Wednesday, July 23, 2008

AKP-Alevi Standoff on Religious Education

To follow-up on my post of June 16 . . .

From BIA-Net:
Fevzi Gümüş, president of Pir Sultan Abdal Culture Association (PSAKD), an Alevi organization, criticizes the insistence of the Justice and Development Party (AKP) to keep the religion classes in schools mandatory in spite of the decisions by the European Human Rights Court (EHRC) and the Turkish State Council.

“It does not look like the AKP will be able to solve this problem with its own version of the freedom of belief, which is reflects the desires of its own constituency.”

“With the lawsuits, a few Alevi youth were able to save themselves from the assimilation that surrounds them. However, millions of Alevi youth continue going through the same torture.”

Gümüş told Bianet that the Alevi community might consider other options such as mass lawsuits and boycotting the mandatory religion classes, if the AKP kept this attitude.

EHRC: Content and Implementation

The ERHC had stated in its November 2007 decision that the mandatory religion classes were a violation of “the right of education.”

In Hasan Zengin and his daughter Eylem’s application, the court had emphasized that the content of these classes were based on Islam’s sunni interpretation. Moreover, the court had claimed that keeping the non-muslim students exempt from these classes was not enough for “the freedom of belief.”

Minister of Education (MEB) Hüseyin Çelik had stated previously that this decision was about the old curriculum. Since Alevi belief was included in the new curriculum, according to the minister, this decision by the ERHC was inapplicable.

“Complaint Line”

Lawyer of the Zengin family and president of the Federation of Alevi-Bektaşi Associations Kazım Genç applied recently to the ministry regarding this subject.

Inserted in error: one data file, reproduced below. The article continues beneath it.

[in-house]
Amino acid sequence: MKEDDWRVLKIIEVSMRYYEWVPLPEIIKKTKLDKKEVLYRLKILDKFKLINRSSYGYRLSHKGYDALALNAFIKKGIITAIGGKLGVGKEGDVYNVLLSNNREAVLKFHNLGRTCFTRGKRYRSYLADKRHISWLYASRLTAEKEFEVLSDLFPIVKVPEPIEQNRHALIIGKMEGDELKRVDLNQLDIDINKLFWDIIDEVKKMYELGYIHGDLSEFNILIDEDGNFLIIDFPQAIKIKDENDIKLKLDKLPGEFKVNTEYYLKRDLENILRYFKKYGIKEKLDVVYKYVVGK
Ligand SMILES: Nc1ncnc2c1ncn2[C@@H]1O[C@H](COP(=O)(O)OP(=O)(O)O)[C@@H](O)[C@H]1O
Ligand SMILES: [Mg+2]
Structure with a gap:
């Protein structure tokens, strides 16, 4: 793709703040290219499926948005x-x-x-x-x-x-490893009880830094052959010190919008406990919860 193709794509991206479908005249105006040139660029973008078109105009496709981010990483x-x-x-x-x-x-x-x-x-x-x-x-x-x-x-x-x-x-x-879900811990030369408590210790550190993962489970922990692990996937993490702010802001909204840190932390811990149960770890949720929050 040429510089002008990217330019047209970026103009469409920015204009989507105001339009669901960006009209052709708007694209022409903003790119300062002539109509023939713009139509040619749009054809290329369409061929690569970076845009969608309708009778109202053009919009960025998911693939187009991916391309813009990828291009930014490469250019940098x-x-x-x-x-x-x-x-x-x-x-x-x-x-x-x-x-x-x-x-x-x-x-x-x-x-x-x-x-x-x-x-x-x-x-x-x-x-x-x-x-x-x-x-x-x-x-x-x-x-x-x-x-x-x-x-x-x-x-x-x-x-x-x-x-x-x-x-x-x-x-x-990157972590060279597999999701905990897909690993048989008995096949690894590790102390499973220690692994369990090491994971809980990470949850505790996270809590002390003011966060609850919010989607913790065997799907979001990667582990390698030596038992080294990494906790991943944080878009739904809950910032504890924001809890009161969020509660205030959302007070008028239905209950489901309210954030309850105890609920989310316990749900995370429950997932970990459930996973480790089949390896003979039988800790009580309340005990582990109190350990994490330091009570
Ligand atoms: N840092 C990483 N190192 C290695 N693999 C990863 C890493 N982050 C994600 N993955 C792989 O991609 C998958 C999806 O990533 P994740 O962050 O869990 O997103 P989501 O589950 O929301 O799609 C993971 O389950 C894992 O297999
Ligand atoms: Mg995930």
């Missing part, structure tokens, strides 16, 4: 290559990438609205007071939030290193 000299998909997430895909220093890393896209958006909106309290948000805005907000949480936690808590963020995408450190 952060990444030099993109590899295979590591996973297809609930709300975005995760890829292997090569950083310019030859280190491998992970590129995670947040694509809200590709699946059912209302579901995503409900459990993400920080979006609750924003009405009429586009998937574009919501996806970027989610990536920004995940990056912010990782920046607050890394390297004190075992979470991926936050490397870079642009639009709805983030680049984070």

Although Genç’s application was accepted by “ALO 150” complaint line a month ago, it has not been answered yet.

“It has to be removed”

In spite of the government’s claims, the jurists and experts say ERHC’s decision demands that the religion classes become voluntary.

President of the Education and Science Workers Union (Eğitim-Sen) Zübeyde Kılıç also confirmed to Bianet that this was the only solution; there was no place for religious education in a secular and scientific education system.

“It may at the university level, but it is unacceptable for children who are still developing.”

It is against legal rights and pluralism

Both Kılıç and Gümüş said the mandatory religion classes were added to the curriculum after the September 12 Military Coup in 1980, they reflected the coup mentality.

Both names added that the government was insisting on not fulfilling its obligations demanded by the international conventions.

Gümüş said, “The AKP and the other political formations that share its mentality keep seeing the cultural differences in Anatolia not as richness, but as a separatist component in the country.”

“The court decisions are a turning point in the struggle of Alevis and the democratic forces. Now it is time for the government to remove the mandatory religion classes, which are in contradiction with secularism, human rights and the international conventions.”(EÜ/EZÖ/TB)

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